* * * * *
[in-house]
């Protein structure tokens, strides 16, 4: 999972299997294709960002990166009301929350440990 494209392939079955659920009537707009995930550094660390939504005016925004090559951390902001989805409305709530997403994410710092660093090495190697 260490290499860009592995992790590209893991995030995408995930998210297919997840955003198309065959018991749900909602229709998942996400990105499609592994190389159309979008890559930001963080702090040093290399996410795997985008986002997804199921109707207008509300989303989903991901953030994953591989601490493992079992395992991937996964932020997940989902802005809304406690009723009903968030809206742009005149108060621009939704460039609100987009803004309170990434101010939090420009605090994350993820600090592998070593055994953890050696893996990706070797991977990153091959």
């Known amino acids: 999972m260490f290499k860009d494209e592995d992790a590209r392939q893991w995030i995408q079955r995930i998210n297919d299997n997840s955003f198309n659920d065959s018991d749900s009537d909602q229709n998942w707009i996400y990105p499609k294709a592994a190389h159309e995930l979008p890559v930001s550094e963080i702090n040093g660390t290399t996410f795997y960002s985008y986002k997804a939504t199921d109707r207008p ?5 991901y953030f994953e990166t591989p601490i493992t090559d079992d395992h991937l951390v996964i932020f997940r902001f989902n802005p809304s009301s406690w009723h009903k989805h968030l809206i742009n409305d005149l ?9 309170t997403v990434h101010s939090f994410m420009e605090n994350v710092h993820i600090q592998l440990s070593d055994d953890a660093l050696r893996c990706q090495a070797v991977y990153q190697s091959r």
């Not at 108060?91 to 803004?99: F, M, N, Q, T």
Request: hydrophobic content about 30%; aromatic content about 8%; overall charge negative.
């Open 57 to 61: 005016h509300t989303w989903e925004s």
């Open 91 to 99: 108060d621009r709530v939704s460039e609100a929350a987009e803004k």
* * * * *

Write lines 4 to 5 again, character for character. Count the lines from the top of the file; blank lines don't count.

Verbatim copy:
């Not at 108060?91 to 803004?99: F, M, N, Q, T």
Request: hydrophobic content about 30%; aromatic content about 8%; overall charge negative.